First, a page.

Tuesday, December 13, 2005

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A Football Diversion - The Best of the Best

[Update - see ESPN "Place in History" Ranking Poll now under way]

We took some time off this weekend to look into the American football world.

Did you know that Pittsburgh Steelers quarterback Ben Roethlisberger has a blog (Ben Roethlisberger - Official Blog) and a website (BigBen7)? or that former Dallas Cowboy star Bob Lilly is into photography? or that James Lofton is available for speaking engagements? or that Lee Roy Selmon has a "Southern Cooking" website?

Speaking of football, one of our favorite pastimes is armchair quarterbacking the college football season. We have been reading numerous ESPN articles in the process of making our game predictions for the upcoming college football bowl games and came across a story in which 3 out of 5 expert college football analysts ranked Nebraska fans the best in the country. As an NU alum, this was a nice read, so we kept reading....

That same ESPN article also presents the choice of these same five experts for the best college football players of all time, and also includes their selections for many other "best categories", such as best team, best game, etc. Since we wanted to add to some of their selections, we made our own list. There are of course many possible rankings, see e.g. the College Football News (CFN) and their 100 Greatest Players. This is all in the spirit of sport.

Here are our own selections of an all-time all-star team (players are listed alphabetically for each position and not in terms of preference). We back our choices up by links where we can:

Quarterbacks
John Elway, Stanford (PFHF=Pro Football Hall of Fame), see also Pro Football Hall of Famers by Draft Year, Nr. 1 overall draft pick 1983 (As a Stanford alumnus, we point out that Stanford has won the Directors' Cup for the best NCAA athletic program (determined by the standings of its teams in all sports) the last eleven consecutive years. Only in the first year of the award was Stanford surpassed by the University of North Carolina. Stanford has won the award every year since then. See here.)
Joe "The Ultimate Winner" Montana, Notre Dame (PFHF), SportsCentury Nr. 25 All-Time Athlete, drafted 3rd round, 1979
"Broadway" Joe Namath, Alabama (PFHF) , drafted Nr. 5 overall by the AFL and Nr. 12 overall by the NFL 1965 (draft held in November, 1964)
Johnny Unitas, Louisville (PFHF), SportsCentury Nr. 32 All-Time Athlete, 9th round draft choice in 1955 (102nd overall).

Running Backs
Jim Brown, Syracuse (PFHF) (see Gifford on Brown), Nr. 6 overall draft pick 1957, SportsCentury Nr. 4 All-Time Athlete
Walter Payton, Jackson State U in Mississippi (PFHF), SportsCentury Nr. 39 All-Time Athlete, Nr. 4 overall draft pick 1975 (see also the Walter & Connie Payton Foundation)
Barry Sanders, Oklahoma State (PFHF), Heisman Trophy, Nr. 3 overall draft pick 1989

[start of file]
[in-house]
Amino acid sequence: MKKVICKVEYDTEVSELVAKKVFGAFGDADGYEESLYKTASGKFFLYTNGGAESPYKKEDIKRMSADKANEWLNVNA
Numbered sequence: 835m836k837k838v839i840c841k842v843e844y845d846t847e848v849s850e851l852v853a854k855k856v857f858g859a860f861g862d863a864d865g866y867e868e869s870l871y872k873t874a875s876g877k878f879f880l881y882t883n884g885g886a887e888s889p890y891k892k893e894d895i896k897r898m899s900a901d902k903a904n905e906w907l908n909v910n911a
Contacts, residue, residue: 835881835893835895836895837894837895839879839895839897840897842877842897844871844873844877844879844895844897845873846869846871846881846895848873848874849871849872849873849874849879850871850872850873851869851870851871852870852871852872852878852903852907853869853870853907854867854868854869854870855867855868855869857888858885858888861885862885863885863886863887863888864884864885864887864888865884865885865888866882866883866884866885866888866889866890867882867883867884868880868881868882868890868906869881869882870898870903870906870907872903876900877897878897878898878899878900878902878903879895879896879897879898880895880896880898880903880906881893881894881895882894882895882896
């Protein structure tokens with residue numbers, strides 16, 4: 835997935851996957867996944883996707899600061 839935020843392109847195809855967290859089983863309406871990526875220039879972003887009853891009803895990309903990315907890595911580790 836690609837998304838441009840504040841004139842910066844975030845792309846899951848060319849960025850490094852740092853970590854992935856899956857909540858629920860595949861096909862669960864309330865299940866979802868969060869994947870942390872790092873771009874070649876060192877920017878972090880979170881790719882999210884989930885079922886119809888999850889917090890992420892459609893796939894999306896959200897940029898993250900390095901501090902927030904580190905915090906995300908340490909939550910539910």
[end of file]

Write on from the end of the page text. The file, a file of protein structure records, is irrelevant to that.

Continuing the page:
Gale Sayers, Kansas (PFHF) In a November, 19, 1963 23-9 loss to Nebraska, Sayers scored on a 99-yard run from scrimmage, the longest in NCAA history. The LawPundit (then age 16) was at that game and saw that run. Sayers was phenomenal.
To honor the older greats, we also add Jim Thorpe, Carlisle (PFHF), SportsCentury Nr. 7 All-Time Athlete and Red Grange, Illinois (PFHF), SportsCentury Nr. 28 All-Time Athlete.
A good modern candidate here is freshly crowned Heisman Trophy winner Reggie Bush, USC. Interesting here is that Bush has been training with LaDainian Tomlinson, TCU, rated by USA Today as the NFL's current Nr. 1 running back.

Wide Receivers
Elroy "Crazylegs" Hirsch, Wisconsin and Michigan (PFHF), Nr. 5 overall draft pick 1945
Steve Largent, Tulsa (PFHF), 4th round draft pick 1976
James Lofton, Stanford (PFHF), Nr. 6 overall draft pick 1978
Lenny "Spats" Moore, Penn State (PFHF) , Nr. 9 overall draft pick 1956
Jerry Rice, Mississippi Valley State, Sports Century Nr. 27 All-Time Athlete, Nr. 16 overall draft pick1985
Paul Warfield, Ohio State (PFHF), Nr. 11 overall draft pick 1964

Offensive Line
Larry Allen, Sonoma State, Nr. 46 overall draft pick 1994, John Madden calls him the best offensive lineman ever to play in the NFL
Bob (Boomer) Brown, Nebraska, "no one ever beat him", Nr. 2 overall draft pick 1964
John Hannah, Alabama (PFHF) , Nr. 4 overall draft pick
Anthony Muñoz, USC, Latino Legends in Sports, Nr. 3 overall draft pick 1980
Orlando (Pancake Block) Pace, Ohio State, Lombardi Award, Outland Trophy, Nr. 1 overall draft pick 1997
Dave Rimington, Nebraska, Nr. 25 overall draft pick 1983 (see also Rimington Youth Football Camp and Rimington Trophy)
Ron Yary
, Cerritos JC, USC (PFHF), Outland Trophy, Nr. 1 overall draft pick 1968

Defensive Line
Carl Eller, Minnesota (PFHF), Nr. 6 overall draft pick 1964
"Mean" Joe Greene
, North Texas State (now University of North Texas) (PFHF) , Nr. 4. overall draft pick 1969
Bob Lilly, TCU (PFHF) , Nr. 13 overall draft pick 1961
Merlin Olsen, Utah State (PFHF), Nr. 3 overall draft pick 1962, (see also sportscasters)
Warren Sapp, Miami, Nr. 12 overall draft pick 1995
Bruce "The Sack Man" Smith, Virginia Tech, Outland Trophy, Nr. 1 overall draft pick 1985
Reggie "Minister of Defense" White, Tennessee, see Reggie White Foundation, No. 4 overall choice of the league's supplemental draft of USFL players

Linebackers
Dick Butkus, Illinois (PFHF), Nr. 3 overall draft pick 1965
Jack Lambert, Kent State (PFHF) , 2nd round draft pick 1974
Ray Nitschke, Illinois (PFHF) , 3rd round draft pick 1958
Lee Roy Selmon, Oklahoma (PFHF), Nr. 1 overall draft pick, 1976
Mike Singletary, Baylor (PFHF), 2nd round draft pick 1981
Lawrence Taylor, North Carolina (PFHF), Nr. 2 overall draft pick 1981, SportsCentury Nr. 40 All-Time Athlete

Defensive Backs
Dick (Night Train) Lane, Scottsbluff, Nebraska JC (PFHF), free agent in the pros
Ronnie Lott, USC (PFHF), Nr. 8 overall draft pick 1981
Deion Sanders, Florida State, Nr. 5 overall draft pick 1989
Charles Woodson, Michigan, Heisman Trophy, Nr. 4 overall draft pick 1998
Rod Woodson, Purdue, Nr. 10 overall draft pick 1987

Kick Returner
Johnny Rodgers, Nebraska, Heisman Trophy, Nr. 25 overall draft pick 1973

Punter
Yale Lary, Texas A&M (PFHF), 3rd round draft pick 1952

Field Goal Kicker: